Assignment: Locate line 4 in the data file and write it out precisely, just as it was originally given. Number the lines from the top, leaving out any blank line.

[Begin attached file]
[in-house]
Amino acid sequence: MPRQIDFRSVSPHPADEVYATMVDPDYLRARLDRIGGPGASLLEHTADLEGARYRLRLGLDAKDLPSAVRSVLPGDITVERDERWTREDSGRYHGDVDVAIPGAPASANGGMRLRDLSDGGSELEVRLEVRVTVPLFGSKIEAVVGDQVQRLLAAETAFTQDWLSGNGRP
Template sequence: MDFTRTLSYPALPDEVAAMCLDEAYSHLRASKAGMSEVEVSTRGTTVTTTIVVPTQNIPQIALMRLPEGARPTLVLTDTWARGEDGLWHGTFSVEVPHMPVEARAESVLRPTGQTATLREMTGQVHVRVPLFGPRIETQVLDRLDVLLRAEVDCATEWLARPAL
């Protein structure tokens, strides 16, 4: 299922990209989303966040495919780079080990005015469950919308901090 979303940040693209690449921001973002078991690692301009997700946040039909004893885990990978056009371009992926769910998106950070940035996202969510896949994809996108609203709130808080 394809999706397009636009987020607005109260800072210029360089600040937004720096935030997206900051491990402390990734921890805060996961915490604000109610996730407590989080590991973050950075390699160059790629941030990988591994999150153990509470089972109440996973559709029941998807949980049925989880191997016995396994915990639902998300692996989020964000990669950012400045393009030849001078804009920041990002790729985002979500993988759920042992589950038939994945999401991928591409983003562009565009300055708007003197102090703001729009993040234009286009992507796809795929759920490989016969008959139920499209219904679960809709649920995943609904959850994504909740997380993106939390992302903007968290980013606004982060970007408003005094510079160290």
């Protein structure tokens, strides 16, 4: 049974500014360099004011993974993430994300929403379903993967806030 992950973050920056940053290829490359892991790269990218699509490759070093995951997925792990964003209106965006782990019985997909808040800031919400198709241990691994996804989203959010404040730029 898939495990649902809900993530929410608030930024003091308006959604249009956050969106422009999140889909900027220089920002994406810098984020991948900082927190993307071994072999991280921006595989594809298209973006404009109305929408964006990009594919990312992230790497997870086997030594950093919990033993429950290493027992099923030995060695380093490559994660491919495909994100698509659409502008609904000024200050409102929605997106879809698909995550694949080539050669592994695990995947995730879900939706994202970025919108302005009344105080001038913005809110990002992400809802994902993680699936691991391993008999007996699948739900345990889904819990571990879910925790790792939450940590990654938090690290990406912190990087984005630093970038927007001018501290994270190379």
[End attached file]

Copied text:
């Protein structure tokens, strides 16, 4: 299922990209989303966040495919780079080990005015469950919308901090 979303940040693209690449921001973002078991690692301009997700946040039909004893885990990978056009371009992926769910998106950070940035996202969510896949994809996108609203709130808080 394809999706397009636009987020607005109260800072210029360089600040937004720096935030997206900051491990402390990734921890805060996961915490604000109610996730407590989080590991973050950075390699160059790629941030990988591994999150153990509470089972109440996973559709029941998807949980049925989880191997016995396994915990639902998300692996989020964000990669950012400045393009030849001078804009920041990002790729985002979500993988759920042992589950038939994945999401991928591409983003562009565009300055708007003197102090703001729009993040234009286009992507796809795929759920490989016969008959139920499209219904679960809709649920995943609904959850994504909740997380993106939390992302903007968290980013606004982060970007408003005094510079160290």